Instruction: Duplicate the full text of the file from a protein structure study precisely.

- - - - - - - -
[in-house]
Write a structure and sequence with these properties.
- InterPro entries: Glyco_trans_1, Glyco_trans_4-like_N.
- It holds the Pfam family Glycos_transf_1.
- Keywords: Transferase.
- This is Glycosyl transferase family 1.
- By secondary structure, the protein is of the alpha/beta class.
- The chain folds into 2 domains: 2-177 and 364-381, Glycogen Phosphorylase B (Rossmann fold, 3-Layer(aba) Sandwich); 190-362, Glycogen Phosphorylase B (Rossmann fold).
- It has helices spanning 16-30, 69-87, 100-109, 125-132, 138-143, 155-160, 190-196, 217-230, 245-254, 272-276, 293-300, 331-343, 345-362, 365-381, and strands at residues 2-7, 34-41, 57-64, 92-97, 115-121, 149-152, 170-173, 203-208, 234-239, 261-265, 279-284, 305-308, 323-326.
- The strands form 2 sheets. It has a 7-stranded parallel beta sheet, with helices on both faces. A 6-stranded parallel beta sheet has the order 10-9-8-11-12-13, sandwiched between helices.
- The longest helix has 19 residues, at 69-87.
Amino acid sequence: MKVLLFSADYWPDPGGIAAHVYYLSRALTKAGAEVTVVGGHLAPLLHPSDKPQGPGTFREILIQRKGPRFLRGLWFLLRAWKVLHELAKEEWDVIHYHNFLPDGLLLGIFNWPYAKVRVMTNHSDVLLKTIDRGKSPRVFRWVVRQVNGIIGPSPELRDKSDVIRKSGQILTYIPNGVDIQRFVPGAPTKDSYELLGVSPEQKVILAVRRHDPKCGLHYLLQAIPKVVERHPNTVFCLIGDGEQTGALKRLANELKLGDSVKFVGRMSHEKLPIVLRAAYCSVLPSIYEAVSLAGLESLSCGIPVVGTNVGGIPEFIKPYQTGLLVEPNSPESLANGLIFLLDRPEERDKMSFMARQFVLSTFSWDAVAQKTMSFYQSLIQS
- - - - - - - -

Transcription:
[in-house]
Write a structure and sequence with these properties.
- InterPro entries: Glyco_trans_1, Glyco_trans_4-like_N.
- It holds the Pfam family Glycos_transf_1.
- Keywords: Transferase.
- This is Glycosyl transferase family 1.
- By secondary structure, the protein is of the alpha/beta class.
- The chain folds into 2 domains: 2-177 and 364-381, Glycogen Phosphorylase B (Rossmann fold, 3-Layer(aba) Sandwich); 190-362, Glycogen Phosphorylase B (Rossmann fold).
- It has helices spanning 16-30, 69-87, 100-109, 125-132, 138-143, 155-160, 190-196, 217-230, 245-254, 272-276, 293-300, 331-343, 345-362, 365-381, and strands at residues 2-7, 34-41, 57-64, 92-97, 115-121, 149-152, 170-173, 203-208, 234-239, 261-265, 279-284, 305-308, 323-326.
- The strands form 2 sheets. It has a 7-stranded parallel beta sheet, with helices on both faces. A 6-stranded parallel beta sheet has the order 10-9-8-11-12-13, sandwiched between helices.
- The longest helix has 19 residues, at 69-87.
Amino acid sequence: MKVLLFSADYWPDPGGIAAHVYYLSRALTKAGAEVTVVGGHLAPLLHPSDKPQGPGTFREILIQRKGPRFLRGLWFLLRAWKVLHELAKEEWDVIHYHNFLPDGLLLGIFNWPYAKVRVMTNHSDVLLKTIDRGKSPRVFRWVVRQVNGIIGPSPELRDKSDVIRKSGQILTYIPNGVDIQRFVPGAPTKDSYELLGVSPEQKVILAVRRHDPKCGLHYLLQAIPKVVERHPNTVFCLIGDGEQTGALKRLANELKLGDSVKFVGRMSHEKLPIVLRAAYCSVLPSIYEAVSLAGLESLSCGIPVVGTNVGGIPEFIKPYQTGLLVEPNSPESLANGLIFLLDRPEERDKMSFMARQFVLSTFSWDAVAQKTMSFYQSLIQS